Indian Decade

Rape Victim’s Death Spurs Additional Protests

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Indian Decade

Rape Victim’s Death Spurs Additional Protests

Will public outrage translate into real, lasting change?

Protests have erupted all over India after a 23-year-old rape victim died in a Singaporean hospital on Friday night. The girl had been airlifted to a hospital in Singapore after her condition failed to show any significant improvement during her 10-day stay at Delhi’s Safdarjung Hospital.

“She was courageous for fighting for life so long against the odds but the trauma for her body was too severe to overcome,” said the CEO of the Mount Elizabeth Hospital, Singapore.

People came pouring onto the streets en masse Saturday morning when news of the victim’s death first broke. They continue up to the present.

On Saturday protests occurred throughout the larger New Delhi area but were primarily concentrated at Jantar Mantar, near the Indian parliament in the central part of the city. 

“We want justice”, Hang the Rapists”, “We feel ashamed of the government”, “Treat Women as Humans”- were some of the banners the protestors-turned-mourners carried. A sign being held by an elderly man carried a particularly powerful message: “Rape Olympics: India wins gold; one every 22 minutes”.

Sensing trouble the government took swift action to close down major parts of central Delhi, including government offices and India Gate, a World War II monument that was the site of protests all last week. The government also deployed paramilitary forces in large numbers to augment the Delhi police who were already on the scene. India’s military also cancelled its planned New Year’s celebrations in the capital city in honor of the victim.

Also in response to public anger, the governement charged the six culprits accused of the rape with murder. The victim’s family demanded nothing less with her brother telling media outlets, “The fight has just begun. We want all the accused hanged, and we will fight for that, till the end.”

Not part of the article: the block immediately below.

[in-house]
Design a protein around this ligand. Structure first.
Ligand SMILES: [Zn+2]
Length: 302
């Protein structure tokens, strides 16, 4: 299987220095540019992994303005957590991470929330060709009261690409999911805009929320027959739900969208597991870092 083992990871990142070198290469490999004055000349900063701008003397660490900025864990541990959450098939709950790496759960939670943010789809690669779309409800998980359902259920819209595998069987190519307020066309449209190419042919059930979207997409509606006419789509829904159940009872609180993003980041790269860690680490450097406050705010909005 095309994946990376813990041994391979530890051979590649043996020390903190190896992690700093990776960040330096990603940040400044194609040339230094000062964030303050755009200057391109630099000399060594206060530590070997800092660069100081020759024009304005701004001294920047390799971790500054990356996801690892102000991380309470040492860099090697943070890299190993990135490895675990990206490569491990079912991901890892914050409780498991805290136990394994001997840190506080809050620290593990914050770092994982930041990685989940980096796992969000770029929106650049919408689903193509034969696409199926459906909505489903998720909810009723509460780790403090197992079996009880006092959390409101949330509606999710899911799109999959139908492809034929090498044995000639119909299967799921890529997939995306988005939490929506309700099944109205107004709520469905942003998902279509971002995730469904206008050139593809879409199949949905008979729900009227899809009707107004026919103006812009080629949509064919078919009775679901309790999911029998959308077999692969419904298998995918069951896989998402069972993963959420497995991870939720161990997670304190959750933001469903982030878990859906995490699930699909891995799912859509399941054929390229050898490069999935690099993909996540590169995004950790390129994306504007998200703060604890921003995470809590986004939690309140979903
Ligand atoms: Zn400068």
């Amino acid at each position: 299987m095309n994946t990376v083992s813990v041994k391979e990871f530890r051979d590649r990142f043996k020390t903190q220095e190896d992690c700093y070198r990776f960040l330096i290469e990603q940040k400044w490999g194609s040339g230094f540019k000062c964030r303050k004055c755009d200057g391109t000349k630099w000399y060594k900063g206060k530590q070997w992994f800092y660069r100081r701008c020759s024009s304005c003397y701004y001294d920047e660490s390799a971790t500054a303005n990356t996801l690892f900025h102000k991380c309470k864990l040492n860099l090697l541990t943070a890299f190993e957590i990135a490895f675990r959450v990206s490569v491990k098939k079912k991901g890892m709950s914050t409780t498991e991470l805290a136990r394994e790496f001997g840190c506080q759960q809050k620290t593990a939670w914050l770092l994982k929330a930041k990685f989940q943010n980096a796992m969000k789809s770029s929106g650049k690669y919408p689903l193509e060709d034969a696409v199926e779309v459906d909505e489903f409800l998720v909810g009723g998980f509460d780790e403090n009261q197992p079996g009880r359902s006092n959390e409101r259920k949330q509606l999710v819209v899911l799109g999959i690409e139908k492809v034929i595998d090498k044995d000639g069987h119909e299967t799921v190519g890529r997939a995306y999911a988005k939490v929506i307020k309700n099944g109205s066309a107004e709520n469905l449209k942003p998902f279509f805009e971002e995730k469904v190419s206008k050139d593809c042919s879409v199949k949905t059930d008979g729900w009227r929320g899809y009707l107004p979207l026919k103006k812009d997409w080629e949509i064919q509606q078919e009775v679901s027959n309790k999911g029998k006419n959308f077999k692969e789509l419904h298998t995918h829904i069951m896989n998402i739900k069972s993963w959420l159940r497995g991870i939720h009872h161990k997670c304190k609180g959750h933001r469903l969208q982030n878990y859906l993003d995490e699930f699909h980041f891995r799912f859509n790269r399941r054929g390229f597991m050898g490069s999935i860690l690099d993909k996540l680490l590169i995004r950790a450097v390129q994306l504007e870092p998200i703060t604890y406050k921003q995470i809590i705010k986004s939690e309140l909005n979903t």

Additionally, the government has also announced a series of measures to instill a sense of security among women in the national capital and the country writ large. One such measure the government has proposed is publishing the names, photos, and addresses of convicted rapists. Other steps include enacting a quota requiring that women make up one-third of Delhi’s police force.

Early last week the government announced two committees – one to propose measures to speed up sexual assault trials and a second one to investigate the lapses that led to the Delhi rape that took the life of the 23-year-old paramedic.

But the question remains: are these administrative measures enough to address India’s poor treatment of women? 

Despite the fact that women hold top political positions in the country — including Sonia Gandia, the leader of the Congress Party as well as Sushma Swaraj, leader of the main opposition party, the Bharatiya Janata Party — India continues to hold a medieval mindset when it comes to women’s rights. This is perhaps best seen through the alarming and ever-rising levels of violence against women in the country.

As the BBC reports, there were 24,000 reported cases of rape in India last year, a 9.2% increase over the previous year. In nearly 55% of these cases, the victims were between the ages of 18 and 30. It’s telling that, according to police records, the victims knew their attackers in 94% of these cases.  For example, neighbors were the perpetrators in a third of these cases while parents and relatives were often involved in other ones. 17% of rapes reported nationwide occurred in Delhi.

And rape is only part of the story. Police records from 2011 show kidnappings and abductions of women were up 19.4%, while the number of women killed over dowry payments rose by 2.7%. Increases of 5.4% and 5.8% took place in the number of cases of torture and molestation respectively, while the trafficking of women increased by an astonishing 122% in 2011 compared with the previous year.

The large scale protests in Delhi and other parts of the country are an early indication that attitudes in India are changing — for the better.